Achieve Life Sciences, a clinical-stage pharmaceutical company, has been awarded a grant from the National Institute on Drug Abuse (NIDA) of the National Institutes of Health (NIH) to evaluate the use of cytisinicline as a treatment for cessation of nicotine e-cigarette use.

This initial grant award, to commence on August 1, 2021, will be utilized to complete critical regulatory and clinical operational activities, such as protocol finalization, clinical trial site identification, and submission of a new IND to FDA for investigating cytisinicline in nicotine e-cigarette users.

According to a statement from the company, Achieve also expects to receive the next stage of the grant award that will enable initiation of the Phase 2 ORCA-V1 clinical study evaluating cytisinicline in approximately 150 adult nicotine e-cigarette users in the United States.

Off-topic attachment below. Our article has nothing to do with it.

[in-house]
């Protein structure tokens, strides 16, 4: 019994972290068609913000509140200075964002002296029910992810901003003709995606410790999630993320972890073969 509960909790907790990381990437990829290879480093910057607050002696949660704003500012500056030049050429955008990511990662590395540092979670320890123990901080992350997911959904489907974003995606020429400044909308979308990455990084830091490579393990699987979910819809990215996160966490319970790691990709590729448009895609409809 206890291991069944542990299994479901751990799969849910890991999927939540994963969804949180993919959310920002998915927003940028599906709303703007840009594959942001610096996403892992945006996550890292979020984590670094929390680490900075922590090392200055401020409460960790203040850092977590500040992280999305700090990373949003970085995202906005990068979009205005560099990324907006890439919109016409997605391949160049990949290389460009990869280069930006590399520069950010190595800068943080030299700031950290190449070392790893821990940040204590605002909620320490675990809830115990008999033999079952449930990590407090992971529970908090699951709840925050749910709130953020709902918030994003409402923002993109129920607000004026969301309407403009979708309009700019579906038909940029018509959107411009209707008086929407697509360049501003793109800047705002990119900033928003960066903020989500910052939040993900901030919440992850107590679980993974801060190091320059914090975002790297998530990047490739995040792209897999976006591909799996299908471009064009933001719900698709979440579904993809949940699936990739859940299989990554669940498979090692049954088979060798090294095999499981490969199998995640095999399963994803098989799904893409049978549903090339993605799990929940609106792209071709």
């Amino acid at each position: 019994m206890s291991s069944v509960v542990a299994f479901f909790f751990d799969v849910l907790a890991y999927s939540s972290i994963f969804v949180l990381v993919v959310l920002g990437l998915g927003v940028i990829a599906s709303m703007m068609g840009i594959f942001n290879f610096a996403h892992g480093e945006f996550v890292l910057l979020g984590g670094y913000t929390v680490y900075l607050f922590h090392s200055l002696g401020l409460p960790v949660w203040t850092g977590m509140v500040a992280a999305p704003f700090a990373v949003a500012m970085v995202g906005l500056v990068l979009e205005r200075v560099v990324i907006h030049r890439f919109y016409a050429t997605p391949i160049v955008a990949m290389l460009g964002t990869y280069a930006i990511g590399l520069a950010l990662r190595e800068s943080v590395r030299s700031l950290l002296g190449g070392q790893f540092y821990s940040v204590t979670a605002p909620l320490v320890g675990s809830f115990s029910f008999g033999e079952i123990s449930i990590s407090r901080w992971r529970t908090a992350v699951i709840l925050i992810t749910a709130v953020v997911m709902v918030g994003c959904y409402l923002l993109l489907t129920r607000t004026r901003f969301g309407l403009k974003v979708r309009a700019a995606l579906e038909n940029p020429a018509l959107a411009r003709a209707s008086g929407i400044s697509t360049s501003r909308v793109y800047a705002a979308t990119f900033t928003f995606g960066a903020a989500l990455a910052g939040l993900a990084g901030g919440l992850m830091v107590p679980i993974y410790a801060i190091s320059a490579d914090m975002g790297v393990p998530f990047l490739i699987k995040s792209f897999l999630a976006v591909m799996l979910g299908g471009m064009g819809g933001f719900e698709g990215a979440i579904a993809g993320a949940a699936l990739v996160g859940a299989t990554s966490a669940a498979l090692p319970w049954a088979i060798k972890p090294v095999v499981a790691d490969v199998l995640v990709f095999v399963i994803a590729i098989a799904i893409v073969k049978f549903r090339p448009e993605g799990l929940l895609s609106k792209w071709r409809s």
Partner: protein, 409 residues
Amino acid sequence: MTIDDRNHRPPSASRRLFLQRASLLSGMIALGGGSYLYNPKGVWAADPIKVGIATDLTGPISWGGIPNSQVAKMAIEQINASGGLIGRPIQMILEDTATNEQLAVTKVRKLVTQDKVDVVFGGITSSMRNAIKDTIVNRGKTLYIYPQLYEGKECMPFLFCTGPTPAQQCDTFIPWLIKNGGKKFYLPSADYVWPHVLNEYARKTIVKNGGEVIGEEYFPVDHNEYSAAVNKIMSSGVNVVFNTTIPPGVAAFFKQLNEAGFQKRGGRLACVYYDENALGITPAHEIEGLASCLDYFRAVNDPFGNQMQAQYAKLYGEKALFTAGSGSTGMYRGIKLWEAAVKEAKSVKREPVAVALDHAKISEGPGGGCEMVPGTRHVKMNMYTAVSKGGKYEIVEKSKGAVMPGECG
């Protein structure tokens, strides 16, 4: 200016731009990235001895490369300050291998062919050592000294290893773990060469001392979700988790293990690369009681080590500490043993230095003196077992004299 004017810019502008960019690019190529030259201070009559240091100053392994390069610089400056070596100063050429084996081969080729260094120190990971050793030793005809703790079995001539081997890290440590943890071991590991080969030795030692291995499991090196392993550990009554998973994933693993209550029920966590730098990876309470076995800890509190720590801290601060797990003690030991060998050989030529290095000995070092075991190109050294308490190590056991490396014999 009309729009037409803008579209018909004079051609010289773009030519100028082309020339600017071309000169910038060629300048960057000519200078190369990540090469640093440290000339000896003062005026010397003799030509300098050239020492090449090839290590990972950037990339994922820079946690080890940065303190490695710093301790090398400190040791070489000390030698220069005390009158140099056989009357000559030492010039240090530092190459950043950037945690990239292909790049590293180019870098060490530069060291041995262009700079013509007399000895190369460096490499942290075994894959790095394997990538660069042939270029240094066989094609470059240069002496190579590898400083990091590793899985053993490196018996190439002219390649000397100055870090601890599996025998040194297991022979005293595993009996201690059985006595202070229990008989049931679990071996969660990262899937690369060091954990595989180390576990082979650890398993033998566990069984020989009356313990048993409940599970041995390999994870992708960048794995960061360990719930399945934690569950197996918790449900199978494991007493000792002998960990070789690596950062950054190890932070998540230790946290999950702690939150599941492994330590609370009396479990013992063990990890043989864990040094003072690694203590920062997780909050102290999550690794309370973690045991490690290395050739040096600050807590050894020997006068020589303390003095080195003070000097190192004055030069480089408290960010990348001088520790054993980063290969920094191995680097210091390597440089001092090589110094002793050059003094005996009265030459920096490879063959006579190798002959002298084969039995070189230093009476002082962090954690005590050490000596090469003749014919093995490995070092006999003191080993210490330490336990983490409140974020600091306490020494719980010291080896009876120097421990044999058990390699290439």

The primary investigators for the grant are Achieve’s chief medical officer Cindy Jacobs, MD, and Nancy Rigotti, MD, professor of medicine at Harvard Medical School and director of the Tobacco Research and Treatment Center at Massachusetts General Hospital.

“This non-dilutive funding in partnership with the NIH enables us to evaluate the potential of cytisinicline to address nicotine addiction across a broader population,” John Bencich, chief executive officer of Achieve, said in a press release. “With the growing number of e-cigarette users and those who seek to quit, there is a significant unmet need for safe and effective treatments to aid in their success.”

Achieve recently announced completion of enrollment in the Phase 3 ORCA-2 clinical trial, evaluating cytisinicline as a treatment for combustible cigarette cessation. Topline results from the ORCA-2 trial are expected in the first half of 2022.